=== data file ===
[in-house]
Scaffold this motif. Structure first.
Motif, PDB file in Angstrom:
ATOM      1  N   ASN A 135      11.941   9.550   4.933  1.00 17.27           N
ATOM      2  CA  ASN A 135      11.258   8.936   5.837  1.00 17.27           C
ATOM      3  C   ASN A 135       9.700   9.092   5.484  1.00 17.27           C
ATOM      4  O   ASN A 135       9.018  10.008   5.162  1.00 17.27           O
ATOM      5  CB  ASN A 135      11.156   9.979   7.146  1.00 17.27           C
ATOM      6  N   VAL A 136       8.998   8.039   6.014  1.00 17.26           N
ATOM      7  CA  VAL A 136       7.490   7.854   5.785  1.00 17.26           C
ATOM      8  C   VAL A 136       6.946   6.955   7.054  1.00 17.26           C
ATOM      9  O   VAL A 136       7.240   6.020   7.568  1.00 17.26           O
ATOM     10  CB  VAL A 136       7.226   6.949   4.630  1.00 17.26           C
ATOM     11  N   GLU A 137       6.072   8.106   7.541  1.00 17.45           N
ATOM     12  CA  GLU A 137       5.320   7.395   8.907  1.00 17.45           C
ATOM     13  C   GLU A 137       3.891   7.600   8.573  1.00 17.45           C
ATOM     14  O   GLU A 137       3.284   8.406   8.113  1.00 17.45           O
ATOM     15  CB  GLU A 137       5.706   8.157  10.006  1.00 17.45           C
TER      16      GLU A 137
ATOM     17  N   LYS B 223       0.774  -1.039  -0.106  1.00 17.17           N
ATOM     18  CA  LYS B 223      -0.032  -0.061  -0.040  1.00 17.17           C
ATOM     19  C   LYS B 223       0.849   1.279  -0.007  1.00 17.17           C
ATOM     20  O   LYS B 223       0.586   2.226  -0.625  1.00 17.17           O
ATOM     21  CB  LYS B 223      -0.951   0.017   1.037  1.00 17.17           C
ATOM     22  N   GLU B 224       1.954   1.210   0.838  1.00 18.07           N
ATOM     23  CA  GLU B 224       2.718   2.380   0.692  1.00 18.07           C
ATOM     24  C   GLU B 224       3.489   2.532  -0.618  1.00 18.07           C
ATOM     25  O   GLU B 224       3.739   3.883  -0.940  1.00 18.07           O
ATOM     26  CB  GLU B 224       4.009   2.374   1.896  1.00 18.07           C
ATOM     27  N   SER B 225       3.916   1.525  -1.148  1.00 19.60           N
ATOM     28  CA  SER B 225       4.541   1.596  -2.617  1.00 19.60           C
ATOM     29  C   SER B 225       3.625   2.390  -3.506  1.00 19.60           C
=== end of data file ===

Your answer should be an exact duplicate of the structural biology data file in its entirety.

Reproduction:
[in-house]
Scaffold this motif. Structure first.
Motif, PDB file in Angstrom:
ATOM      1  N   ASN A 135      11.941   9.550   4.933  1.00 17.27           N
ATOM      2  CA  ASN A 135      11.258   8.936   5.837  1.00 17.27           C
ATOM      3  C   ASN A 135       9.700   9.092   5.484  1.00 17.27           C
ATOM      4  O   ASN A 135       9.018  10.008   5.162  1.00 17.27           O
ATOM      5  CB  ASN A 135      11.156   9.979   7.146  1.00 17.27           C
ATOM      6  N   VAL A 136       8.998   8.039   6.014  1.00 17.26           N
ATOM      7  CA  VAL A 136       7.490   7.854   5.785  1.00 17.26           C
ATOM      8  C   VAL A 136       6.946   6.955   7.054  1.00 17.26           C
ATOM      9  O   VAL A 136       7.240   6.020   7.568  1.00 17.26           O
ATOM     10  CB  VAL A 136       7.226   6.949   4.630  1.00 17.26           C
ATOM     11  N   GLU A 137       6.072   8.106   7.541  1.00 17.45           N
ATOM     12  CA  GLU A 137       5.320   7.395   8.907  1.00 17.45           C
ATOM     13  C   GLU A 137       3.891   7.600   8.573  1.00 17.45           C
ATOM     14  O   GLU A 137       3.284   8.406   8.113  1.00 17.45           O
ATOM     15  CB  GLU A 137       5.706   8.157  10.006  1.00 17.45           C
TER      16      GLU A 137
ATOM     17  N   LYS B 223       0.774  -1.039  -0.106  1.00 17.17           N
ATOM     18  CA  LYS B 223      -0.032  -0.061  -0.040  1.00 17.17           C
ATOM     19  C   LYS B 223       0.849   1.279  -0.007  1.00 17.17           C
ATOM     20  O   LYS B 223       0.586   2.226  -0.625  1.00 17.17           O
ATOM     21  CB  LYS B 223      -0.951   0.017   1.037  1.00 17.17           C
ATOM     22  N   GLU B 224       1.954   1.210   0.838  1.00 18.07           N
ATOM     23  CA  GLU B 224       2.718   2.380   0.692  1.00 18.07           C
ATOM     24  C   GLU B 224       3.489   2.532  -0.618  1.00 18.07           C
ATOM     25  O   GLU B 224       3.739   3.883  -0.940  1.00 18.07           O
ATOM     26  CB  GLU B 224       4.009   2.374   1.896  1.00 18.07           C
ATOM     27  N   SER B 225       3.916   1.525  -1.148  1.00 19.60           N
ATOM     28  CA  SER B 225       4.541   1.596  -2.617  1.00 19.60           C
ATOM     29  C   SER B 225       3.625   2.390  -3.506  1.00 19.60           C